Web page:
As I watching the village kids splash about in the water and the women lazily doing some laundry, a couple of curious boys came to check me out. They were most interested in my sunglasses and my camera and before I knew it one was taking pictures of the other one wearing my glasses. It was good fun and the most sane thing someone could do under the midday heat. After a while they took me back to their village. There is a small Nubian village on the Island. The father of one of the boys is kind of an unofficial guide who loves to show strangers around Island. The small village consists of colorful houses clustered together and you have to search your way through tiny small streets. Although Aswan is a modern city, this village was little affected by modern life. But don’t get me wrong, in the end I still had to pay some baksheesh to show my appreciation. In the end you are always stripped down as a walking ATM machine. After all it was still Egypt.

The rest of the afternoon I spend with a local guy. He owned a boat and took me around for a three hour tour of the first cataracts, delivered to the rapids and the slow pace of life of the Nubians. The Nubians lost their land to the controversial Nasser dam. This dam was build just above the first cataract to control the sudden floods of the Nile. It allows regulating the flow of precious water and thus the irrigation along the Nile, which increased the agricultural production in the Nile valley by 30 percent and doubled Egypt’s power supply. Lake Nasser is the largest artificial lake in the world and flooded the homeland of the Nubians. The flooding endangered countless historical sites of major archeological and cultural importance, which would disappear forever under the blue water of the Nile. To prevent this Unesco sponsored a twenty year project, to save 22 major sites from flooding. International teams dismantled the temples piece by piece, labeled them and reconstructed most of them on higher grounds. Some temples were donated to museums of the participating countries; the Temple of Dendur can now be admired in the Metropolitan Museum of Art in New York. The salvation of the temples of Abu Simbel is without doubt the most impressing of this operation. The magnificent rock hewn temples of Ramses II and his beloved wife Nefertari were cut out of the rocks. Both were reconstructed on more elevated grounds, 65 meters higher, out of harm’s way. The orientation of the temples was meticulously reconstructed to ensure that twice a year, on February 22 and on October 22 the first rays of sun will penetrate the temple and illuminate the holy statues in the sanctuary of the temple. In spite of this huge effort many Nubians still mourn the loss of their beloved land, even today.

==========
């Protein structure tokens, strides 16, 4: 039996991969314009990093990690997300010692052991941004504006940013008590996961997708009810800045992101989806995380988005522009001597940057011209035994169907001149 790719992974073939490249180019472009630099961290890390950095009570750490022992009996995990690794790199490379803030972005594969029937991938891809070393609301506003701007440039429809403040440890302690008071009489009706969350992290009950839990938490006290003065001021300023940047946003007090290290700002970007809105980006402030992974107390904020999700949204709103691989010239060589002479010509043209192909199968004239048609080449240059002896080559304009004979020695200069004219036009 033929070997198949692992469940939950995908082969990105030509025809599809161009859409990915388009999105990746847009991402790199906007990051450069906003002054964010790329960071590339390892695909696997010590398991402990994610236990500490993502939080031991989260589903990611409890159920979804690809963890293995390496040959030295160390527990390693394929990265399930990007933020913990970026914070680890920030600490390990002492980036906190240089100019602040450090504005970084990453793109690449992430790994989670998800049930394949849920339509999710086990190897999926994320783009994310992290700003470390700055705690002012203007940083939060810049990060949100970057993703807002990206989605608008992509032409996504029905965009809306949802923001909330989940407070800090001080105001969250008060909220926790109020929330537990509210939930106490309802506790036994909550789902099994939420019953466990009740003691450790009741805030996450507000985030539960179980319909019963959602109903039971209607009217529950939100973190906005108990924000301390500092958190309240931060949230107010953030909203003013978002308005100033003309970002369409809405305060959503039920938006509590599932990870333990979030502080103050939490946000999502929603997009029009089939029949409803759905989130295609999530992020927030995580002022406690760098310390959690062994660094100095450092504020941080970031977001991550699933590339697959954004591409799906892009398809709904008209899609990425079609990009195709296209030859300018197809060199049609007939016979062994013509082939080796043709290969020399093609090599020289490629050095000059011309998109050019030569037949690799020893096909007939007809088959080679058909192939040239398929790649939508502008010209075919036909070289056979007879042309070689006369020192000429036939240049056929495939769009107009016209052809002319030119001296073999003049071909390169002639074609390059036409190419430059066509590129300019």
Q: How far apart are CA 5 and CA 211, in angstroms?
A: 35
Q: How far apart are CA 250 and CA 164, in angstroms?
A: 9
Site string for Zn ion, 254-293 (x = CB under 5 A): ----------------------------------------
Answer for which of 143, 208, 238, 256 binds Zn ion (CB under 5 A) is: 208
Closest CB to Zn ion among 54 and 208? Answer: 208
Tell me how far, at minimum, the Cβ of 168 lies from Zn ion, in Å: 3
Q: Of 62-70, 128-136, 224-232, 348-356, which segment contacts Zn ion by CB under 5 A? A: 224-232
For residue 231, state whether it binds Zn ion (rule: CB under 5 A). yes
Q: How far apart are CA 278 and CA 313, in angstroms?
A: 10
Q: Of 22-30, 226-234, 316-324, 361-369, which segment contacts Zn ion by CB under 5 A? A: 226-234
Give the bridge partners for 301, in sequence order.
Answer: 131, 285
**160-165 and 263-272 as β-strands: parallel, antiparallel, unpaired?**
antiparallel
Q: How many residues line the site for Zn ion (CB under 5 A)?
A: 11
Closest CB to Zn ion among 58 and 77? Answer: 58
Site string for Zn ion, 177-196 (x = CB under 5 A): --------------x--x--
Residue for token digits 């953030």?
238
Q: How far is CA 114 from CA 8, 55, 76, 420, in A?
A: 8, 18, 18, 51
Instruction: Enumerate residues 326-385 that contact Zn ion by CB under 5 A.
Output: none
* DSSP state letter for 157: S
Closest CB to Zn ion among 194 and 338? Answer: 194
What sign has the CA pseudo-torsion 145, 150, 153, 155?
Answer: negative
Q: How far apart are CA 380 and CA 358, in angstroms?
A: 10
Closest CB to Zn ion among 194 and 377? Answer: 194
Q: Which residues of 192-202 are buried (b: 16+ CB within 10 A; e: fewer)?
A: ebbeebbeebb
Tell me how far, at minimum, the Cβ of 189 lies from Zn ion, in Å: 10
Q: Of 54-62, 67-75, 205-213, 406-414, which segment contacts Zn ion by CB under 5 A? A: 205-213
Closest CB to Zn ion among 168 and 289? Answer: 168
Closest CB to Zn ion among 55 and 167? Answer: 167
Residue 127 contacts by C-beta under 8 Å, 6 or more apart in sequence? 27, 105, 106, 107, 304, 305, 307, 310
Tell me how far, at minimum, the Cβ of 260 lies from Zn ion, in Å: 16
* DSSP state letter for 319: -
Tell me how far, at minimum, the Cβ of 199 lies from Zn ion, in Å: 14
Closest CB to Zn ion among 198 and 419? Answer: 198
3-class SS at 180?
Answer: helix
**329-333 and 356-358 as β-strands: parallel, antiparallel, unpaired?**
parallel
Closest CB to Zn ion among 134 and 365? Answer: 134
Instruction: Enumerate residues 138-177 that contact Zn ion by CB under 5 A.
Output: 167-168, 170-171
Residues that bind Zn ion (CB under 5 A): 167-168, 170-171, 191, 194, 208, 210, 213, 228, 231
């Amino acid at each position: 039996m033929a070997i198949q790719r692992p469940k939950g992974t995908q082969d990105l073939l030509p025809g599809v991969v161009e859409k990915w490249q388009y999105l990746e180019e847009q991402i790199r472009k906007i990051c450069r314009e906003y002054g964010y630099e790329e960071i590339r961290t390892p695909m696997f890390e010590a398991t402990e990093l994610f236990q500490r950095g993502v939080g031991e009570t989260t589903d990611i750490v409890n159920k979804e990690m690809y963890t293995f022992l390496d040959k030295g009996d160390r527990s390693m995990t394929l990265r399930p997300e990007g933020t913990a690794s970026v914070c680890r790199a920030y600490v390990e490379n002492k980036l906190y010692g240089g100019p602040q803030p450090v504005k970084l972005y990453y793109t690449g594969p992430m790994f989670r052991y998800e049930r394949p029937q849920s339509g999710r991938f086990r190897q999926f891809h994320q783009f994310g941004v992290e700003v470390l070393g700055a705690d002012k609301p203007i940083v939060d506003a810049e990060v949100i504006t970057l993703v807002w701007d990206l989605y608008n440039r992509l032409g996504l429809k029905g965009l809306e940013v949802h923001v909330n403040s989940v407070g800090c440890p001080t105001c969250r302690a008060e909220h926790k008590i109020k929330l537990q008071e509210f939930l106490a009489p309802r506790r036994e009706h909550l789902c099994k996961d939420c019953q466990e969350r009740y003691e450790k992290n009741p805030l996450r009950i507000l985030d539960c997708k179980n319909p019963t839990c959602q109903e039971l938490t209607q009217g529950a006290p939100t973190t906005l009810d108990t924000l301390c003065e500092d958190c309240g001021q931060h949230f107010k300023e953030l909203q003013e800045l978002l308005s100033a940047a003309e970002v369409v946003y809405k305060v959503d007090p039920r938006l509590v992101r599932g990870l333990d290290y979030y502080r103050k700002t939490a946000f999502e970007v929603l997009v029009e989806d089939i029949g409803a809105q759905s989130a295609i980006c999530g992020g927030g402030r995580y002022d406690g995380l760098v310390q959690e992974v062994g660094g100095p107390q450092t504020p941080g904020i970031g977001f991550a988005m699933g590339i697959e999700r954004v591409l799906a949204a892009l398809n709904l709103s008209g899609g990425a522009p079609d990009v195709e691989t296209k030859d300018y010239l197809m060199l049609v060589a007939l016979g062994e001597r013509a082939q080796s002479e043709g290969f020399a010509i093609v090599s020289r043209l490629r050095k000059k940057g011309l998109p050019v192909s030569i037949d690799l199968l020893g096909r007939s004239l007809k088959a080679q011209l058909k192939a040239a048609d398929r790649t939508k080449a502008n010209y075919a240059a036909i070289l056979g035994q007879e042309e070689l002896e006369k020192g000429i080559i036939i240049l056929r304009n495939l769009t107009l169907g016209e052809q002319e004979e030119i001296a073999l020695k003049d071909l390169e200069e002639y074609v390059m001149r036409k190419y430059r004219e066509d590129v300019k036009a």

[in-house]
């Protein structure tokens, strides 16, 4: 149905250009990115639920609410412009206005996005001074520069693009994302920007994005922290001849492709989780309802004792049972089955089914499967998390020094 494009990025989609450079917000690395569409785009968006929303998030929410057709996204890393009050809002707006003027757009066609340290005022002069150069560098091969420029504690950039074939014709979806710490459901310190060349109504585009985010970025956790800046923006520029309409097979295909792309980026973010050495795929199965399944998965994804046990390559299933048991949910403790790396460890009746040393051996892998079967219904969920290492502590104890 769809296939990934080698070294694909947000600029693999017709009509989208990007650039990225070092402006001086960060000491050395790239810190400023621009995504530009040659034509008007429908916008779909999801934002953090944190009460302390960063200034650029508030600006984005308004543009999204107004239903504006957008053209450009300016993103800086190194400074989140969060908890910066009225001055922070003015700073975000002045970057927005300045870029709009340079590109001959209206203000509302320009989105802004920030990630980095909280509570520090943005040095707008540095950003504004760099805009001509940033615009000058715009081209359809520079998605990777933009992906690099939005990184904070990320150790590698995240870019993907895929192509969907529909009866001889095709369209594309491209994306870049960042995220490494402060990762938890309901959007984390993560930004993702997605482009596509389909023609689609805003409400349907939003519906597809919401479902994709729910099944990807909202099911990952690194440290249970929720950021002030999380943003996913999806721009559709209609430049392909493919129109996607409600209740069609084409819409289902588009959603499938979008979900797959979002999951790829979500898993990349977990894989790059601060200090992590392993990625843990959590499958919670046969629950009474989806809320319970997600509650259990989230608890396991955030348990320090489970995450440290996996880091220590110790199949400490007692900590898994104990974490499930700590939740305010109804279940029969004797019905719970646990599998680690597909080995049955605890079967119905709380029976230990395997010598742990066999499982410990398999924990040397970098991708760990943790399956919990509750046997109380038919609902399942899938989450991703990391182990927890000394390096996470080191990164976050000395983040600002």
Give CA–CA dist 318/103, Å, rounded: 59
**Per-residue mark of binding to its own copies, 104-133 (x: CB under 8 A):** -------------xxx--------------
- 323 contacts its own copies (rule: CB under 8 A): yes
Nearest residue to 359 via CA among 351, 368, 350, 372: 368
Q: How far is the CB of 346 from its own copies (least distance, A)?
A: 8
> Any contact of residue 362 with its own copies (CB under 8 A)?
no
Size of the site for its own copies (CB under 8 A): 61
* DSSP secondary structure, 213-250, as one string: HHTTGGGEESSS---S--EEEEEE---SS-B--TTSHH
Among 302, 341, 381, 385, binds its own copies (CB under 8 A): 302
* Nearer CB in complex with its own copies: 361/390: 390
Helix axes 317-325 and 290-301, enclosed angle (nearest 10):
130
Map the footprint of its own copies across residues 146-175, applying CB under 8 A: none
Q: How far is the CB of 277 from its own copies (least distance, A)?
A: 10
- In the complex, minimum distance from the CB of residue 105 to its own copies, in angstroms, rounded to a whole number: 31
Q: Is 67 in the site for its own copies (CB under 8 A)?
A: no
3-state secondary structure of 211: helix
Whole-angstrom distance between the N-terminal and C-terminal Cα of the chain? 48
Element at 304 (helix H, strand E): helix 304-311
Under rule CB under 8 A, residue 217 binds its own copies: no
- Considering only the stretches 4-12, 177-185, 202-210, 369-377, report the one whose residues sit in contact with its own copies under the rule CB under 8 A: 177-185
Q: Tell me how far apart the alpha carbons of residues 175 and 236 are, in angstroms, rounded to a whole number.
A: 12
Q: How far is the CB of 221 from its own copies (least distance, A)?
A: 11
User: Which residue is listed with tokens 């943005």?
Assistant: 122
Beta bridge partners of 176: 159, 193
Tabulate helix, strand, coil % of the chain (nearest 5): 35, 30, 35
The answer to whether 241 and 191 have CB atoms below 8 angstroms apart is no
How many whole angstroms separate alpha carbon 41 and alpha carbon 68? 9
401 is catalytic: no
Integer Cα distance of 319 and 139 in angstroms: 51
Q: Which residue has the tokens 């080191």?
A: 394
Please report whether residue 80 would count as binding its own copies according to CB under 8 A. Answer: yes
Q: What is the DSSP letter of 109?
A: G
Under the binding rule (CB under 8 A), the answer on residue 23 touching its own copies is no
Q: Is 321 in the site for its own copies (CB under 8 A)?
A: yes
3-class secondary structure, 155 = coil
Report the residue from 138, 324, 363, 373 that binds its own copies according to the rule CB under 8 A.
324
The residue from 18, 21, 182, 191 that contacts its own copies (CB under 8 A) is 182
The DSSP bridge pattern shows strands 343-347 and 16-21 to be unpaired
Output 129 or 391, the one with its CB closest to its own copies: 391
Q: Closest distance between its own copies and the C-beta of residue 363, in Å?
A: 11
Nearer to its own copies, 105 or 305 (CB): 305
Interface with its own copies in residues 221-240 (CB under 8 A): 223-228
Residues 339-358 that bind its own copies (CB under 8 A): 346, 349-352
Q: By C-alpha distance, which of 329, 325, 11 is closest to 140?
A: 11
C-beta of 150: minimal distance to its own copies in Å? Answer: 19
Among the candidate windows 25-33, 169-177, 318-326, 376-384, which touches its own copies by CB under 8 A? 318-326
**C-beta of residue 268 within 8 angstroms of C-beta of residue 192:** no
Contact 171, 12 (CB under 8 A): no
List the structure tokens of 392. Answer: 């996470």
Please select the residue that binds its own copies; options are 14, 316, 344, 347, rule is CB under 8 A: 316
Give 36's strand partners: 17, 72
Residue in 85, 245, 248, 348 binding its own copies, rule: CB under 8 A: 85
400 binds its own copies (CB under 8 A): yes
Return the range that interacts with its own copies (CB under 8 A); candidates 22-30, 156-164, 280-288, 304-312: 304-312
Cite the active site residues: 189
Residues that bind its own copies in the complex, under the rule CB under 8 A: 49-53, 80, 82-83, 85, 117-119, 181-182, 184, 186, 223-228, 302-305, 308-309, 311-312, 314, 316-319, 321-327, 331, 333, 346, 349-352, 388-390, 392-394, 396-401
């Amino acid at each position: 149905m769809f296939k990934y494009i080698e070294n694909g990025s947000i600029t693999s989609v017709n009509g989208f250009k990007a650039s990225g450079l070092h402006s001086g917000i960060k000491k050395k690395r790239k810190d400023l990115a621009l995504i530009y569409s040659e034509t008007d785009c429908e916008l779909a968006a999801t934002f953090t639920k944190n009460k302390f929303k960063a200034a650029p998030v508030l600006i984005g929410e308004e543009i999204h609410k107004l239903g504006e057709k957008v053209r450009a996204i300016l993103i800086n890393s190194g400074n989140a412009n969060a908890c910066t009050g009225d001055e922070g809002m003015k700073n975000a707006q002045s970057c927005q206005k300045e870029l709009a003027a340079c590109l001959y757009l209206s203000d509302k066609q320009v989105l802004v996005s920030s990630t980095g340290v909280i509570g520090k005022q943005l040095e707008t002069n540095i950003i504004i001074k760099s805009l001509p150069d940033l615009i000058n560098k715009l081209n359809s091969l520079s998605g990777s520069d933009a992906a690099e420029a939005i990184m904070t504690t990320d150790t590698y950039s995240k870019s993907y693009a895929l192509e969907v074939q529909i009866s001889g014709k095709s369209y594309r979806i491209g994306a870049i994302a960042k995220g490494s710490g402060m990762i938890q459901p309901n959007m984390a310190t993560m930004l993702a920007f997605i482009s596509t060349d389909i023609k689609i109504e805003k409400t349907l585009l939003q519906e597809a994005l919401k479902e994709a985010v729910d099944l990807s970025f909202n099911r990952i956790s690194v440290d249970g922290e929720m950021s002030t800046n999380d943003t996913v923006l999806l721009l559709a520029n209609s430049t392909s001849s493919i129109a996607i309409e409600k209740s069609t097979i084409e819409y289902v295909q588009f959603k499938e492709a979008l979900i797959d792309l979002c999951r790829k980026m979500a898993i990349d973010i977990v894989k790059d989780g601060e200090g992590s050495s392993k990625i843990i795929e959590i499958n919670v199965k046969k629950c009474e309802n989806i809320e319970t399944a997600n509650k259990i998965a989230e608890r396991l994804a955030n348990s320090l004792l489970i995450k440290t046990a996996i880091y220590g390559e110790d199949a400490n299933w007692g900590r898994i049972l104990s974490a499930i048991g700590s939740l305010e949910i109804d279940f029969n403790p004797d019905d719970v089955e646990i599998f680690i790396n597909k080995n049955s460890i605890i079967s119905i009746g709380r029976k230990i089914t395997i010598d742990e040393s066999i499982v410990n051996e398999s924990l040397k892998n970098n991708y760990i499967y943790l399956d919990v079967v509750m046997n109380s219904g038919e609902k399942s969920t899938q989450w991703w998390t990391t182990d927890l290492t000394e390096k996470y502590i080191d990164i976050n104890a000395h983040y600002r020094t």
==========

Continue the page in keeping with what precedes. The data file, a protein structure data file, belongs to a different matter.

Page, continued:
The next morning I went to the Nasser dam. Do not go there it is big, ugly and disappointing. That could not be said about the Nubian museum. A huge modern museum, recording and keeping a multitude of Nubian artifacts for the eager tourist and for future generations. The rest of the afternoon I spent reading and writing on Kitchener Island. The architect of the dam had his house there and created an amazing botanical garden. Where are the times that you could own you own Island in the middle of the Nile, I would have signed up. As I had no boat to take me back to Aswan, I asked this Belgian couple if I could join their felucca back to Aswan. It turned out that this family was travelling along the Nile with their five year old son, prospecting interesting hotels and sites for organized diving holidays they offered. The man owned/works for ‘timetodive’ (www.timetodive.be), a professional diving organization. Travelling while making money, not a bad concept. After the felucca dropped them at the five star Movepick on elephantine Island, I rejoined my hotel. Early bedtime today as I had an Abu Simbel convoy to catch at 4:00am the next morning.

14 June 2009


My last evening in Luxor I spend lurking a sheesha along the Nile, enjoying the sunset and some advice from a local guy on the drive to Abu Simbel. Apparently it is the last part where you still have to ride in convoy, convoy driving is not nice...

On the way to Aswan there were three more temples to visit. The first one I missed as I got lost in the dirt streets of Qena. I was guided back to the ‘main’ road by a local policeman, where I was invited by some elder men to share a cup of tea and a breakfast. I had this faint feeling of being a stranger arriving in a land never visited before. All the major tourist transport happens on the East Bank in buses thundering by or on the Nile in distant cruisers, which only moor in the towns or at the temple sites. So I must have been a rarity that morning, a helmeted Belgian idiot on an orange bike.